As Ukraine's political crisis intensifies, pro-government TV channels have promised to change and report without bias — a pledge some observers hail and others view with suspicion.

Perhaps the journalists saw the throngs rising up to protest alleged fraud in Sunday's presidential election as a goad to their consciences. Perhaps they were sensing a change in the wind and wanted to shelter themselves.

"Should we kiss them or should we ask why they have lied so long?" asked Volodymyr Kulik, political scientist at the Institute of Political and Ethnic Studies.

Ukraine's (search) state-run and pro-government broadcasters came in for some of international elections observers' sharpest criticism.

They complained that coverage was heavily biased in favor of Prime Minister Viktor Yanukovych (search), whom the elections commission says won the vote over Viktor Yushchenko (search), who claims he was robbed by vote fraud and other undemocratic practices.

Hundreds of thousands of demonstrators have jammed central Kiev since then and as the protests grew, some TV journalists began promising to be unbiased in the future.

On Thursday, the private One Plus One TV channel went on-air for the first time since Tuesday, with a new mission statement.

"We acknowledge our responsibility for biased information that the channel spread under pressure and according to directions from various political forces," the channel's journalists said.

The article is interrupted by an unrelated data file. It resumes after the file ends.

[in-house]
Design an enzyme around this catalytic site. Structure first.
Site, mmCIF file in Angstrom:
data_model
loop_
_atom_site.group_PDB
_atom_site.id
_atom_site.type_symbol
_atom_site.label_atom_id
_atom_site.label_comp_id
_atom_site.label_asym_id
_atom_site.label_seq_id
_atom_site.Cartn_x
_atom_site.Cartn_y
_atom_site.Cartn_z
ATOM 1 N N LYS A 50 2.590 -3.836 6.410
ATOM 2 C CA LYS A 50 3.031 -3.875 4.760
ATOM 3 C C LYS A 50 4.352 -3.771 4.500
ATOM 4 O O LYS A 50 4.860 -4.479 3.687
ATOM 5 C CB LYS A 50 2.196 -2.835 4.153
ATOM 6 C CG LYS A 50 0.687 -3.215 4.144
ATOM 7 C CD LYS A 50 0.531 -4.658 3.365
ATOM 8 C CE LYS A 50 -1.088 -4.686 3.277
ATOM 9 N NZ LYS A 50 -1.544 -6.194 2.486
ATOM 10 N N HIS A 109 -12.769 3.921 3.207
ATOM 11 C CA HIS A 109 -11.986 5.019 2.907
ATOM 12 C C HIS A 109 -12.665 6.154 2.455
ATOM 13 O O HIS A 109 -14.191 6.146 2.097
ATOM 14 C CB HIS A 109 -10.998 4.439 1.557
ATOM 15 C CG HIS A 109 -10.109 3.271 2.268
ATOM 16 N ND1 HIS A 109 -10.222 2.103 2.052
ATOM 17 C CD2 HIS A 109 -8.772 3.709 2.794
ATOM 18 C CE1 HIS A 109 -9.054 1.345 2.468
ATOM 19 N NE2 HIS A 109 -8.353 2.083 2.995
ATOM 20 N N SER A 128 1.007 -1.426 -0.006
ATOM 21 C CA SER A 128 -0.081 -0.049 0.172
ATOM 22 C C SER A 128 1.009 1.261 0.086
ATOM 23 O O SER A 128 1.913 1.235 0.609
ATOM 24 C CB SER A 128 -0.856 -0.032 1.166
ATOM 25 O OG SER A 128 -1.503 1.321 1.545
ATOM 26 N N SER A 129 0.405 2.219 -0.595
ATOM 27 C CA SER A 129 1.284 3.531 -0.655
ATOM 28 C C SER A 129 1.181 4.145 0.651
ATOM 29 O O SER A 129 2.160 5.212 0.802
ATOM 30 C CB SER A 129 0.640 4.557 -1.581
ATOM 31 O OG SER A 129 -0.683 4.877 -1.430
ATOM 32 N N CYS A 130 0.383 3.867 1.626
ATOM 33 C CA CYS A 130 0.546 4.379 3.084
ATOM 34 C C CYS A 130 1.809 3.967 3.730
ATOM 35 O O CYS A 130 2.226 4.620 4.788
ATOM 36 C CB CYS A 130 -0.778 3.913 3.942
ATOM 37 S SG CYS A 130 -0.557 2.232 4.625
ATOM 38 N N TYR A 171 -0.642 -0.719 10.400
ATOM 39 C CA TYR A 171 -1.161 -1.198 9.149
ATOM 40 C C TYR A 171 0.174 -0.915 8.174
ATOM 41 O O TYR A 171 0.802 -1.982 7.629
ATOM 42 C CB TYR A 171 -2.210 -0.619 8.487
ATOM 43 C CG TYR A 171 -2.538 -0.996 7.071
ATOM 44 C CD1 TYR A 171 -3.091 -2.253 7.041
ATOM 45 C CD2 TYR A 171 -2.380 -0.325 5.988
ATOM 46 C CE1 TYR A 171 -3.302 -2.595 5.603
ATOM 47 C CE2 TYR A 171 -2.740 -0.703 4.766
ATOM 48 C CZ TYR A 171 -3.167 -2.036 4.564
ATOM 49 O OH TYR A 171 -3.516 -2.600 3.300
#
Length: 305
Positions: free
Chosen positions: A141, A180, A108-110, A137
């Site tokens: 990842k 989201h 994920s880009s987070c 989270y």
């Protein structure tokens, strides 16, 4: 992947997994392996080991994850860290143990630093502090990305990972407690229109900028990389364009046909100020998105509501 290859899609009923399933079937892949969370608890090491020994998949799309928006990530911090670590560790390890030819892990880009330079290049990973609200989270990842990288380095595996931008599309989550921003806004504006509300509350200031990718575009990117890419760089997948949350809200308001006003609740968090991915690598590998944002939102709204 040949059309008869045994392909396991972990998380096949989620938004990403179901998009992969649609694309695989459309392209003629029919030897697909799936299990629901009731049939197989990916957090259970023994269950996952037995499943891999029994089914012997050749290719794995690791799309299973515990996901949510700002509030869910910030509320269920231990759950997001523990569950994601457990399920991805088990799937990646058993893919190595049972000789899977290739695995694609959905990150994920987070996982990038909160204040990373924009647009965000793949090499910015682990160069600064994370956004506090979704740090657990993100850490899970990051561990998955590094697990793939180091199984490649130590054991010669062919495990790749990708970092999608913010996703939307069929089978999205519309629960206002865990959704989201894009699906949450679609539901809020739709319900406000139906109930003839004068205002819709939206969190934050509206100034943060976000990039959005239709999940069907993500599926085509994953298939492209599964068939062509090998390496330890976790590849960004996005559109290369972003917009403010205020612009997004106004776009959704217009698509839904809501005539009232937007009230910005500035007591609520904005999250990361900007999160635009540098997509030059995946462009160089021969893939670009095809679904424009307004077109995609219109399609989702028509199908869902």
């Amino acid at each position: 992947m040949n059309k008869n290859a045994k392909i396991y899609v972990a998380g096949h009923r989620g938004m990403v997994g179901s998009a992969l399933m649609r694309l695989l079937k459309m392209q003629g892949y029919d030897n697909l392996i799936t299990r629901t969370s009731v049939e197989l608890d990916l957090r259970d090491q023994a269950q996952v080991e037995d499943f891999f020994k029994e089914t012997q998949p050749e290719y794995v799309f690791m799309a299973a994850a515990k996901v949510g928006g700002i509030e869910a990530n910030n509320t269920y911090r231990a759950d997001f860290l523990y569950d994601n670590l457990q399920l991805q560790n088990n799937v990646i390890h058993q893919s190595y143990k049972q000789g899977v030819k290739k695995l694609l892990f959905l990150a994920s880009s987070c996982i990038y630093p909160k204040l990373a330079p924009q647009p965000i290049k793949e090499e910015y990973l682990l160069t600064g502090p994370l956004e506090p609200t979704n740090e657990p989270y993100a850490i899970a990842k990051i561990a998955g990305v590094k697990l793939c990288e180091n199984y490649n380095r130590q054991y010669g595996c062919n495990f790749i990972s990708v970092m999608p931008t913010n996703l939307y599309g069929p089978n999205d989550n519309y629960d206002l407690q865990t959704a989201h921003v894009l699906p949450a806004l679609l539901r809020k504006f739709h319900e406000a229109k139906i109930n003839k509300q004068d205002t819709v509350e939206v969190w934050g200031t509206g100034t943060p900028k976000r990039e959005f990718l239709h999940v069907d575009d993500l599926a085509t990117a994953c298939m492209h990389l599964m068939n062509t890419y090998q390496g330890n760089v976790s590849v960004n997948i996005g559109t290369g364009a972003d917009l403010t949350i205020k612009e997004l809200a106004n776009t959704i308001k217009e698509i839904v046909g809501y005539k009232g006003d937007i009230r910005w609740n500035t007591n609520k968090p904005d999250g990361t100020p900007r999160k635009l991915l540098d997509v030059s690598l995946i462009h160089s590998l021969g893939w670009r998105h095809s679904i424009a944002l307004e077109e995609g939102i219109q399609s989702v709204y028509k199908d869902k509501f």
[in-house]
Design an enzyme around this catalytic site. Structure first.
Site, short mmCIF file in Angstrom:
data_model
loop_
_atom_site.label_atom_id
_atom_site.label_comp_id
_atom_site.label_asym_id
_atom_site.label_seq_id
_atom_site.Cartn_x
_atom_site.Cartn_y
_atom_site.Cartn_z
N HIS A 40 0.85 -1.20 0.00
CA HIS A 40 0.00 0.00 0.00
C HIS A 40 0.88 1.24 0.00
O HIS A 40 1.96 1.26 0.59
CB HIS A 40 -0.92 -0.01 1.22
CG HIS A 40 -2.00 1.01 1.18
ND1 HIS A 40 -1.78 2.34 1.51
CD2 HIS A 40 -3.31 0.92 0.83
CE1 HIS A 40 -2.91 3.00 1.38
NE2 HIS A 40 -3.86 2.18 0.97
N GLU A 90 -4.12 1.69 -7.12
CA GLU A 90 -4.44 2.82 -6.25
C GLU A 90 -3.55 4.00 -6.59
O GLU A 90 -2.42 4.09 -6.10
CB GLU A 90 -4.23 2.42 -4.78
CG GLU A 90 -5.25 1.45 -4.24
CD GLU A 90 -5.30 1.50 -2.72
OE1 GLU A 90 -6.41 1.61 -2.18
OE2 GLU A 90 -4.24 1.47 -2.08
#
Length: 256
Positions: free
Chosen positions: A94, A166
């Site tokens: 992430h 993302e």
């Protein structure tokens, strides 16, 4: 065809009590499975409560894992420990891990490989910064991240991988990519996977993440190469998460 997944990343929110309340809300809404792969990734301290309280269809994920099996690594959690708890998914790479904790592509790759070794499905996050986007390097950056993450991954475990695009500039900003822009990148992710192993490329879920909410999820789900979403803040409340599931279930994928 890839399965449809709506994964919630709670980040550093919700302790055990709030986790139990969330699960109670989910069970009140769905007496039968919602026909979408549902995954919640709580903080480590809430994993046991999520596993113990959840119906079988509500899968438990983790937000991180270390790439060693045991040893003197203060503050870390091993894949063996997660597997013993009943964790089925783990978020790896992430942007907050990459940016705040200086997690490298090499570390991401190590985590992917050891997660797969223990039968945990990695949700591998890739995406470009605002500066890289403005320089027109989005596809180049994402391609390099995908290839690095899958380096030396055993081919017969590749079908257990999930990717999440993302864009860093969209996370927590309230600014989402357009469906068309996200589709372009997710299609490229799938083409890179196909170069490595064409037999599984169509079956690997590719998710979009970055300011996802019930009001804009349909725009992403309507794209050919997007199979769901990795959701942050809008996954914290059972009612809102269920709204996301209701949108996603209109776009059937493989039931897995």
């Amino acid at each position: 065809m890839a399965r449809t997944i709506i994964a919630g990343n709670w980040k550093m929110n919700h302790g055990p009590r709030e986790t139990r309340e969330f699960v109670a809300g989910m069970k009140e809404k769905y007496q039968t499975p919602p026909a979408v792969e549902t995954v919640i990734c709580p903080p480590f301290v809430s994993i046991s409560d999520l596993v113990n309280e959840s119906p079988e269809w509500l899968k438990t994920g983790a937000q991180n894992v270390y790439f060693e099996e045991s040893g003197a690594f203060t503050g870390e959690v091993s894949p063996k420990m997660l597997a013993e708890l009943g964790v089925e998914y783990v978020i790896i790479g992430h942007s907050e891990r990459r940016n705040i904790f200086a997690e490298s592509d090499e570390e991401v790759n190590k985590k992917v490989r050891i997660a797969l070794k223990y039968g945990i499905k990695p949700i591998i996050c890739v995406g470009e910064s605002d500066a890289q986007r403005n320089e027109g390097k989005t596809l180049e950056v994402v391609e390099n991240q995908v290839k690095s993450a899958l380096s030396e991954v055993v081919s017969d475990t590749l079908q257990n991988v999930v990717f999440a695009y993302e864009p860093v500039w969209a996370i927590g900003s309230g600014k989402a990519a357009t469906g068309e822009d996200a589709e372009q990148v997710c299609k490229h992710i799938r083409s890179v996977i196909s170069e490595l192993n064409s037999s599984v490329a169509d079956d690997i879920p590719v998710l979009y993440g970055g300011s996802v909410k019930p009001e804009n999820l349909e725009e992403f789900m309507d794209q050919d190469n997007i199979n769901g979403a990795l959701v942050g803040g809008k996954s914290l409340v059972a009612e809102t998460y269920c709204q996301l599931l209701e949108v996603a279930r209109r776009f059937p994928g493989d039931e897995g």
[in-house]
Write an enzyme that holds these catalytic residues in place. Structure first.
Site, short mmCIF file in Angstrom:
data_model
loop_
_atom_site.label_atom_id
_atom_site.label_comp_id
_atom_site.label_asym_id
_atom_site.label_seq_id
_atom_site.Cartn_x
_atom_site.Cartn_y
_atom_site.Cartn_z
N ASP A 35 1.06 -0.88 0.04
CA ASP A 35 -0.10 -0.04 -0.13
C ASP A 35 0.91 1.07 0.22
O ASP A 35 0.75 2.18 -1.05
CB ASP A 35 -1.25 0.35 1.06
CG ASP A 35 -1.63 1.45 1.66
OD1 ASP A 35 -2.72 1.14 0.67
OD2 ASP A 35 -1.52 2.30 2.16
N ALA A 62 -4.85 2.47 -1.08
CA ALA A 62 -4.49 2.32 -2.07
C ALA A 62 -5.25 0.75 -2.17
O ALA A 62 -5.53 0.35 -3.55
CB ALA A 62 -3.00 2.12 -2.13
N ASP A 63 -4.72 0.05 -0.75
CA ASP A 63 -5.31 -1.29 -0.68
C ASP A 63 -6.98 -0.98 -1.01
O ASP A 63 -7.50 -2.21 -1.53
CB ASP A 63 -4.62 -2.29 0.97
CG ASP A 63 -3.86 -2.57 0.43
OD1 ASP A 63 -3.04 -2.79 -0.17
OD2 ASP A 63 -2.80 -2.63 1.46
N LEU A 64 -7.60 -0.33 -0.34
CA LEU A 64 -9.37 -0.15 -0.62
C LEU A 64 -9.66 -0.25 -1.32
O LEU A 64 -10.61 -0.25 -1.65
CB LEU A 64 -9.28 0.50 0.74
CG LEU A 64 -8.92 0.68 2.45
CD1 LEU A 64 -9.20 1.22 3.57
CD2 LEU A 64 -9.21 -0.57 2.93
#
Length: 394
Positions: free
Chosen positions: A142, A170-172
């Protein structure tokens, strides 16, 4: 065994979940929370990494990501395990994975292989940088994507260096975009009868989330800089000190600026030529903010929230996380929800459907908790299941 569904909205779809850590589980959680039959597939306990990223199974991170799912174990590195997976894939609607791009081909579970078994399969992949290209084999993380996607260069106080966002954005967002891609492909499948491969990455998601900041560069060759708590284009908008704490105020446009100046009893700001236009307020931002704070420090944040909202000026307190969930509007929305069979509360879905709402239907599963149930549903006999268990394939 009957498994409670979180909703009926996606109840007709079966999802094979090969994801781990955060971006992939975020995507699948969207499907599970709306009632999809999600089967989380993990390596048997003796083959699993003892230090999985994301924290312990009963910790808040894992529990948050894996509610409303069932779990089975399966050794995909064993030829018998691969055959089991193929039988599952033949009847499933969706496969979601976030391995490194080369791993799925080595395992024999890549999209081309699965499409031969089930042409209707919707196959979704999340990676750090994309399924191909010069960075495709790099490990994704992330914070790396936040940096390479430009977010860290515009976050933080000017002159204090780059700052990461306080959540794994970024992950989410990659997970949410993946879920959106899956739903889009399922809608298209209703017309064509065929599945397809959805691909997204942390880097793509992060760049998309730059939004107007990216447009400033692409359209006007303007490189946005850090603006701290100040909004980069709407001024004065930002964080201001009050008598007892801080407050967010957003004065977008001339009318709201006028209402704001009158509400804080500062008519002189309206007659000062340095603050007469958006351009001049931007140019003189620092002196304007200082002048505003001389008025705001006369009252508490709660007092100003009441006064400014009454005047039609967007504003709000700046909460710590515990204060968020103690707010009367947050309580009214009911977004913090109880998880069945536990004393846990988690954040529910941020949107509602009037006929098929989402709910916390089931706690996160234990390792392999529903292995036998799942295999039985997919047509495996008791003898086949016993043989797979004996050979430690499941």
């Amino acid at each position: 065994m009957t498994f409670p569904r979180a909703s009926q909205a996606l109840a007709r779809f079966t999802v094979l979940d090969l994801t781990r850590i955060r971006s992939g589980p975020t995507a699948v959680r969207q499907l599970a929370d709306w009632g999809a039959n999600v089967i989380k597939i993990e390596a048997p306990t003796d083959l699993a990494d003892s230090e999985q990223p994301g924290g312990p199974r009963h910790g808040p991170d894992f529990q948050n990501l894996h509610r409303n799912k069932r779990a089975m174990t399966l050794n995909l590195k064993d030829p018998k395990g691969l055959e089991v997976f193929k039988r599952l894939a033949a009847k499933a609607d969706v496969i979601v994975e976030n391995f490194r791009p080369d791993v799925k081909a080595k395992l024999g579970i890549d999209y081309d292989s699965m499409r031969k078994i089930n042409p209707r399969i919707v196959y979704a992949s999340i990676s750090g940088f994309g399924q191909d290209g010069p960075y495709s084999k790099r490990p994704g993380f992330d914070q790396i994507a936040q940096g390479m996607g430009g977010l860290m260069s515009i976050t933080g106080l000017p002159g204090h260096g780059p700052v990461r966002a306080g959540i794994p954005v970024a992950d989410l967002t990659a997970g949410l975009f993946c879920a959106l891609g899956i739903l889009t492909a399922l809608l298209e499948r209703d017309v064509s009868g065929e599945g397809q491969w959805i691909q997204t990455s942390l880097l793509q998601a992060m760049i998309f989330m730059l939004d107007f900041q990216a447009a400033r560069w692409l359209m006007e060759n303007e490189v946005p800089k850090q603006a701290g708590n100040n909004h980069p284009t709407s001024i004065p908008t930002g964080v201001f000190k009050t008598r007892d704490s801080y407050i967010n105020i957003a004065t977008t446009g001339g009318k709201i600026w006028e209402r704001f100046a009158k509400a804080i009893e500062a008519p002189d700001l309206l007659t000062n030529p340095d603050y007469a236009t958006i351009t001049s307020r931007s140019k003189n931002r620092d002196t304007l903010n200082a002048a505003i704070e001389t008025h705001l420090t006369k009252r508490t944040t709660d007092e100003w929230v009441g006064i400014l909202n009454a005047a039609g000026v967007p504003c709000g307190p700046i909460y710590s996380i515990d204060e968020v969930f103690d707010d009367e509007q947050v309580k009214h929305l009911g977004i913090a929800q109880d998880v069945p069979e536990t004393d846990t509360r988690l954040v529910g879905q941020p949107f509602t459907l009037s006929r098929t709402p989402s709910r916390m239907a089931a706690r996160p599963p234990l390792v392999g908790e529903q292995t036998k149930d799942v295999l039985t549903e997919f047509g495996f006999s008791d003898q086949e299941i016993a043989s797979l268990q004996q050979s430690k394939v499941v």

Journalists of the state-run First TV channel echoed they "are not lying anymore."

Another strongly pro-government channel, Inter, on Friday promised an end to bias in its reporting.

International media watchdogs praised the move.

"We back those journalists who are fighting the systematic censorship they have been subjected to," the Reporters Without Borders (search) group said Friday.

International and local media watchdogs and many Western governments have repeatedly warned Ukrainian authorities to end pressure on independent and opposition media. The issue drew international attention four years ago after the murder of Heorhiy Gongadze, an Internet journalist who investigated high-level corruption; incumbent President Leonid Kuchma was widely alleged to be behind the killing.

It is unclear whether the TV journalists' promise of objectivity will be fulfilled or if they're just switching sides. Many of them have appeared on-air in recent days wearing orange ties, jackets and ribbons — the color emblematic of Yushchenko's campaign.